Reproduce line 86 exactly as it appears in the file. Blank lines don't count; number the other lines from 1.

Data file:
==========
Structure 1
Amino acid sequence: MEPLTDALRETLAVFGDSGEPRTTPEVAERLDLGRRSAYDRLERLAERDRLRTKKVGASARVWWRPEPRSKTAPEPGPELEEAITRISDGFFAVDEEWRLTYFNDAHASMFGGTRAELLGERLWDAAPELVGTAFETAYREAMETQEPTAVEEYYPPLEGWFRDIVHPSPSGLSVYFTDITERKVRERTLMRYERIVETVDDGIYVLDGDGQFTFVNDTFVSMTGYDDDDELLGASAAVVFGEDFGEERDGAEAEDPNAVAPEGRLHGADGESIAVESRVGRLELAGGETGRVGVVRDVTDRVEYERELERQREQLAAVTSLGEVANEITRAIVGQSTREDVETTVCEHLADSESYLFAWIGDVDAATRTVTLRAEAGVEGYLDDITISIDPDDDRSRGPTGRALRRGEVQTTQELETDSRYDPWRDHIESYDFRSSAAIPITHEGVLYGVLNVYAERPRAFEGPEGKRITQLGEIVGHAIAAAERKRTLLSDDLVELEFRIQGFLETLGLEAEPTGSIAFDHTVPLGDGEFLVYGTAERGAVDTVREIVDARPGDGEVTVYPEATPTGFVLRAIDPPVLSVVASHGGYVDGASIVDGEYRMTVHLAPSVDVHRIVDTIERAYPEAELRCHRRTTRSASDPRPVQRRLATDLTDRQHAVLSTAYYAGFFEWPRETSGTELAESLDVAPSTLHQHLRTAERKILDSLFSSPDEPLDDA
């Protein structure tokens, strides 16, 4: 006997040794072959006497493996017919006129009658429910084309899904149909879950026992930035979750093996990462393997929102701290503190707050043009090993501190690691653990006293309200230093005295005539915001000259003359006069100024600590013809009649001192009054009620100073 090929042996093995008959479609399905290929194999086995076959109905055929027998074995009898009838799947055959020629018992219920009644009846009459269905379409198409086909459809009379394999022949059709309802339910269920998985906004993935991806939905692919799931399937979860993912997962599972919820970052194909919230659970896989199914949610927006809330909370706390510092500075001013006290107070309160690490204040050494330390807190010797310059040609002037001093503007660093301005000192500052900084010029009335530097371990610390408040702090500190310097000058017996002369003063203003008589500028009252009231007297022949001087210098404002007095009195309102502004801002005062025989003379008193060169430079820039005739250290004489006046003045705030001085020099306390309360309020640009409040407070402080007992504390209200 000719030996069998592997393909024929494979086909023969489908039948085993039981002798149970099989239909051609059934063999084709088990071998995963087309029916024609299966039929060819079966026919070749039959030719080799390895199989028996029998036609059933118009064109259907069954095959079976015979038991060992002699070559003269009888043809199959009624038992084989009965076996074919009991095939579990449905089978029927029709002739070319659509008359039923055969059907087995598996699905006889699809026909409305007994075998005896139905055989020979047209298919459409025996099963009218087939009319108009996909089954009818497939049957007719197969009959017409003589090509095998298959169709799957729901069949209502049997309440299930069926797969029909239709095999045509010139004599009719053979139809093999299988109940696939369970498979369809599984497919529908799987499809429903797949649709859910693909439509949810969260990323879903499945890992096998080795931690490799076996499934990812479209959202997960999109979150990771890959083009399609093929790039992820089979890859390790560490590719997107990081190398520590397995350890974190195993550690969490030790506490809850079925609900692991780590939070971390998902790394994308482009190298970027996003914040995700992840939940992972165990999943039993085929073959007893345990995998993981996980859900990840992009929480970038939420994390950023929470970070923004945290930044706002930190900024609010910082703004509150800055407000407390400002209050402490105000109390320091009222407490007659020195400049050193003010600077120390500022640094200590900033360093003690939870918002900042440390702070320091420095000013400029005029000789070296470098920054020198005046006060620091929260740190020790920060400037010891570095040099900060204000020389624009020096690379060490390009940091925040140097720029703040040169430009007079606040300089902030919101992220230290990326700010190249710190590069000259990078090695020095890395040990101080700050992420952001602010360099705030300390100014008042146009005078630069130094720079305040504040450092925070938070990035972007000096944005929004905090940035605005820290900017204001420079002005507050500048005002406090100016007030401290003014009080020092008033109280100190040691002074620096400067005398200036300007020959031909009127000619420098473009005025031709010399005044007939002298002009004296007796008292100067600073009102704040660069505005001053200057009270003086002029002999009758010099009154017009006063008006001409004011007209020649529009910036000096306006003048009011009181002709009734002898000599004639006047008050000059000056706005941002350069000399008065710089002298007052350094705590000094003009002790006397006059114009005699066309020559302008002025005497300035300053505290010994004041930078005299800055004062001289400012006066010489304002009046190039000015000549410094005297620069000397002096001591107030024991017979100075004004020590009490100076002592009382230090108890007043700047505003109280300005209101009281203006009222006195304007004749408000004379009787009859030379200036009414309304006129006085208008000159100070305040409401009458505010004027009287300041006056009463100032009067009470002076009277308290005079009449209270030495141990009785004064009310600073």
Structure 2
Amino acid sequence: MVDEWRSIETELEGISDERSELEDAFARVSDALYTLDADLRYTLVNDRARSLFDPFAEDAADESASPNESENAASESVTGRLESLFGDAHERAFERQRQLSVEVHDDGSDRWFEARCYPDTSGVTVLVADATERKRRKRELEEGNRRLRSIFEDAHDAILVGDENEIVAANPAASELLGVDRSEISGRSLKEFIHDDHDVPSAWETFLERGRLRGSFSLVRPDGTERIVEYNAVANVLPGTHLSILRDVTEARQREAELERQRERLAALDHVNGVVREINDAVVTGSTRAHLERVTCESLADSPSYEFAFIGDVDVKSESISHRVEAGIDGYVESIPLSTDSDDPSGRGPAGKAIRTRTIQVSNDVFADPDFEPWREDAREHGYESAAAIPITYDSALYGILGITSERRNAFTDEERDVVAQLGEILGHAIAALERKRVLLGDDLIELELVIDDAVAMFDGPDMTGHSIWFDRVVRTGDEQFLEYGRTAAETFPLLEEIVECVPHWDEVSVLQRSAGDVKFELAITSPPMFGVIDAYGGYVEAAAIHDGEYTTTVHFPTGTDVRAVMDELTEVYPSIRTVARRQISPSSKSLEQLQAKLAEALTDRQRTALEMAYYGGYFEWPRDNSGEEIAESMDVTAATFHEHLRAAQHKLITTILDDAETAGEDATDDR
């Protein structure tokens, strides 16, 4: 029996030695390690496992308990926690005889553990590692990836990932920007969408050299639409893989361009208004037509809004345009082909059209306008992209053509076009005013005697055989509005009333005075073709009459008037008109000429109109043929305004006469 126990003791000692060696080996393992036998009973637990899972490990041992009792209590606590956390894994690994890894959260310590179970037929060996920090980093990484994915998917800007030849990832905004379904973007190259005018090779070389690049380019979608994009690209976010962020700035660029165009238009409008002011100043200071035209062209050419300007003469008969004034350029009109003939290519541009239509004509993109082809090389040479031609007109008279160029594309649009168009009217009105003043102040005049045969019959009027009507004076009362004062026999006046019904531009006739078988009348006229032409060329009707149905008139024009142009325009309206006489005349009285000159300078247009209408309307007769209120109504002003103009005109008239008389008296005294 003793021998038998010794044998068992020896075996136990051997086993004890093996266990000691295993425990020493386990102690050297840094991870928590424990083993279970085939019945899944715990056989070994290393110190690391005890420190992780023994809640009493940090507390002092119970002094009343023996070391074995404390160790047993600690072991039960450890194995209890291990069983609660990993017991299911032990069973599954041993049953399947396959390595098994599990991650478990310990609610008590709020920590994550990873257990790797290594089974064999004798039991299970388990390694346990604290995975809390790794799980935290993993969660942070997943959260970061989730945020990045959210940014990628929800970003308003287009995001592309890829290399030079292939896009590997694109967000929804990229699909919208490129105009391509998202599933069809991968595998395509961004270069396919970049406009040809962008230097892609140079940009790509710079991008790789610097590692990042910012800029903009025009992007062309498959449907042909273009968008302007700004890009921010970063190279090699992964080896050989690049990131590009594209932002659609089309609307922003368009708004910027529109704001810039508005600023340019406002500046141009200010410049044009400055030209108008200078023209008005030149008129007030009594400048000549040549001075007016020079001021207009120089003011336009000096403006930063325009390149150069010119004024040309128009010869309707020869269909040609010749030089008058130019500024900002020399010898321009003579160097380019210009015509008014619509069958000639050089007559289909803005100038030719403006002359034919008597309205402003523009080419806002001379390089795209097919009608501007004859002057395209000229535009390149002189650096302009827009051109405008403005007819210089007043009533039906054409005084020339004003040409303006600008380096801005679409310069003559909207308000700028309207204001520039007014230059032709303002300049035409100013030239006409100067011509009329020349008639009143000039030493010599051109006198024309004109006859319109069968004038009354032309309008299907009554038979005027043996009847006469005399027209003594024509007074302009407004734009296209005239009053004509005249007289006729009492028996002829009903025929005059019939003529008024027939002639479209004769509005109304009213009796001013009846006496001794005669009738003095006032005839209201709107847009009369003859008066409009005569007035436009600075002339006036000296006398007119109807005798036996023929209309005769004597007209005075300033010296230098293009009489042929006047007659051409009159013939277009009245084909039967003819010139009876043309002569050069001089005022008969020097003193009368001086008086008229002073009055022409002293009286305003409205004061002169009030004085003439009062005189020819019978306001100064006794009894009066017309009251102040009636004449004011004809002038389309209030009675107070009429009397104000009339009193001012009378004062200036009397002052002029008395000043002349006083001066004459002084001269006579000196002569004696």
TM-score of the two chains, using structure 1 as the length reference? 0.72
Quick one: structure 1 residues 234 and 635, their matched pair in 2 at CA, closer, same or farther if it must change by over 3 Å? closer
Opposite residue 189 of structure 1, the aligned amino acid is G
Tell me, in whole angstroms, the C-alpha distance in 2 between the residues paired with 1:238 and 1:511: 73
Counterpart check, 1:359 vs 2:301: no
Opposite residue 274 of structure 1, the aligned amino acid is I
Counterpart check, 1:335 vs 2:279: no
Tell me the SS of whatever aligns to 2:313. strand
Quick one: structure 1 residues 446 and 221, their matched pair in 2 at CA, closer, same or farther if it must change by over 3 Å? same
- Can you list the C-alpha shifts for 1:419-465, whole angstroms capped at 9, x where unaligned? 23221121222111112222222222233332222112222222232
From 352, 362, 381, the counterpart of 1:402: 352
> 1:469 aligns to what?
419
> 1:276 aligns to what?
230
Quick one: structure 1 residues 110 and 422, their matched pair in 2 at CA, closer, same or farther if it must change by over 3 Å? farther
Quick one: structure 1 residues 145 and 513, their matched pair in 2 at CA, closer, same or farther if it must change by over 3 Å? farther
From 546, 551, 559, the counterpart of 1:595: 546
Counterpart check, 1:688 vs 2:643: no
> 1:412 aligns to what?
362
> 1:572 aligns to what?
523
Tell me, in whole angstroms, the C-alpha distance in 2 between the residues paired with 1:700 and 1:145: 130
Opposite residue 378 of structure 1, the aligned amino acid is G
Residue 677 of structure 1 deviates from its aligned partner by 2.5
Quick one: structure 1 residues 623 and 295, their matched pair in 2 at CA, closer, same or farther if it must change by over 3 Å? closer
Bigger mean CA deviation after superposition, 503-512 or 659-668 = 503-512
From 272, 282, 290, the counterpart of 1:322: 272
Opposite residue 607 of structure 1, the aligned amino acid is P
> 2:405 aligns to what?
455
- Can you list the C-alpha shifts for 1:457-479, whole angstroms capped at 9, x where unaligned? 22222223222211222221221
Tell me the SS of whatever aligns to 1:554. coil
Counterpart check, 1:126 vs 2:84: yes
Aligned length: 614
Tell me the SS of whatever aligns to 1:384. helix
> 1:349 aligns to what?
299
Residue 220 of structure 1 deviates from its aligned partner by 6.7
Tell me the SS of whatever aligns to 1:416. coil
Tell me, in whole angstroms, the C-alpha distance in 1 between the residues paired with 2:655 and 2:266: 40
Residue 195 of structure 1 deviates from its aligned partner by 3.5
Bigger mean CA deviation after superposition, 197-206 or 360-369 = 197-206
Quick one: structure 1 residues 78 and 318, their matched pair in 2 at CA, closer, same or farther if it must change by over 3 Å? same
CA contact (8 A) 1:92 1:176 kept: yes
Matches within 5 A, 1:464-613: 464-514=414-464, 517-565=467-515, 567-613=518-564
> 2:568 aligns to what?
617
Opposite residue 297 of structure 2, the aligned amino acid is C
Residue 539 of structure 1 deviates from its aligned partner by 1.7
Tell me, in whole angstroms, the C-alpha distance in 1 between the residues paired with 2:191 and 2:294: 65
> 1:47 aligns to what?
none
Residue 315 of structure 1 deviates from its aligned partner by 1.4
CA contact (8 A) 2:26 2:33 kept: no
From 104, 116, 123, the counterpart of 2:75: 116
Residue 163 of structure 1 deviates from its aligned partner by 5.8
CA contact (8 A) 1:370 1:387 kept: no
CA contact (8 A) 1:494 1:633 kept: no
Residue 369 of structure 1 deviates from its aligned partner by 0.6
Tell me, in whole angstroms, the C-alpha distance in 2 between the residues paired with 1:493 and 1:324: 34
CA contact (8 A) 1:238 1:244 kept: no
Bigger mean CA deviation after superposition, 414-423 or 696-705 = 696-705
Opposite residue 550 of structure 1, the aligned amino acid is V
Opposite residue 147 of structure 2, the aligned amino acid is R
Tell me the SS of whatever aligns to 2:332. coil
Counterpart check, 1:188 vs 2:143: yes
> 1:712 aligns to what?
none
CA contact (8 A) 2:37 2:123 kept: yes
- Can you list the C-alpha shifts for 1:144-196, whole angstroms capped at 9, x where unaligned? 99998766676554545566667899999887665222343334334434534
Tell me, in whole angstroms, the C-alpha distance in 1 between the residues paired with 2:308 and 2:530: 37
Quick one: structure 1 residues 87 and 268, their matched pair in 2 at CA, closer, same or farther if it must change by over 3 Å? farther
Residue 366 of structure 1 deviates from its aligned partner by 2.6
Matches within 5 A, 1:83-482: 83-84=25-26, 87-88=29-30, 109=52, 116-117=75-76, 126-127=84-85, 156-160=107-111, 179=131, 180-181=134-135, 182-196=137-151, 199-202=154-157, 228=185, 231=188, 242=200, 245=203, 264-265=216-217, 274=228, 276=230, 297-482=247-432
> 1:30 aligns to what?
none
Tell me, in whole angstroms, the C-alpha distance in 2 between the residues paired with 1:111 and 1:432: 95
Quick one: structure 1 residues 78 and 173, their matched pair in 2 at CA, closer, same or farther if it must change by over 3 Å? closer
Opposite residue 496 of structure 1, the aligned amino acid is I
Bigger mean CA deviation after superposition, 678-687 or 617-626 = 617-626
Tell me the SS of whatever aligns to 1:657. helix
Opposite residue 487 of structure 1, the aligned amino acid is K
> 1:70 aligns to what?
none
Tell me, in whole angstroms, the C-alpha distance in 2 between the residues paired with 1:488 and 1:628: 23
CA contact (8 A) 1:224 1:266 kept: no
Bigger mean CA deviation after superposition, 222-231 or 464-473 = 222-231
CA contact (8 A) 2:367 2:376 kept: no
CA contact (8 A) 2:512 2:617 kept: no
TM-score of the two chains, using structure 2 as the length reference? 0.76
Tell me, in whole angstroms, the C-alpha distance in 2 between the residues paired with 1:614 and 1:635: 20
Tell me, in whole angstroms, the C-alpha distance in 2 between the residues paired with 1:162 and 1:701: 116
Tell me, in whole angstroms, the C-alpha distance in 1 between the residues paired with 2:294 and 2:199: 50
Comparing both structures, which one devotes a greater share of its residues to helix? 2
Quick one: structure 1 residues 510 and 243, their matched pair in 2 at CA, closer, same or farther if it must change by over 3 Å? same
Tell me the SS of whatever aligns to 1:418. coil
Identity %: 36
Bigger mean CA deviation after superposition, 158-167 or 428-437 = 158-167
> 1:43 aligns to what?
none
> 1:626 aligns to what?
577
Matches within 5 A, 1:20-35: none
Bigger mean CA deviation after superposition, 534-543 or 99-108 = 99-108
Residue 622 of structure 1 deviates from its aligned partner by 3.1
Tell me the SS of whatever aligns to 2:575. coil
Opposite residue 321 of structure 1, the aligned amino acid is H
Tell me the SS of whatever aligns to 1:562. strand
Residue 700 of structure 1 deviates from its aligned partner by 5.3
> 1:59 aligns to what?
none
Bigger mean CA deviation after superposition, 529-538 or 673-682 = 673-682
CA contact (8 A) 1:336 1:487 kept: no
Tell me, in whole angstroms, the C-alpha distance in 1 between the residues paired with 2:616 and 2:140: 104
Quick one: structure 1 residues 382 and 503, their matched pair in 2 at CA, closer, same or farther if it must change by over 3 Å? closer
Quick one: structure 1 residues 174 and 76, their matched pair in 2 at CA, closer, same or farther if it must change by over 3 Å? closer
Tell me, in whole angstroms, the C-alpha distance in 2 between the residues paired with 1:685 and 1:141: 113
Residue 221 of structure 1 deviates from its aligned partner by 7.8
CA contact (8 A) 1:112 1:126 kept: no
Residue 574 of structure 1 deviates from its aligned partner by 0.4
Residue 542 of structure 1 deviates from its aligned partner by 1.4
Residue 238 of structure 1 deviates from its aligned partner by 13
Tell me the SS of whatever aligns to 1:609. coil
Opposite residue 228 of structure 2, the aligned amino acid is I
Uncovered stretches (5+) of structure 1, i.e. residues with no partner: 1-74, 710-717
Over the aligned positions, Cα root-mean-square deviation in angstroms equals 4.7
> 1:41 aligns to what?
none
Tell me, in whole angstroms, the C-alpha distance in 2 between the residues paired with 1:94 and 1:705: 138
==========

Quick one: structure 1 residues 78 and 173, their matched pair in 2 at CA, closer, same or farther if it must change by over 3 Å? closer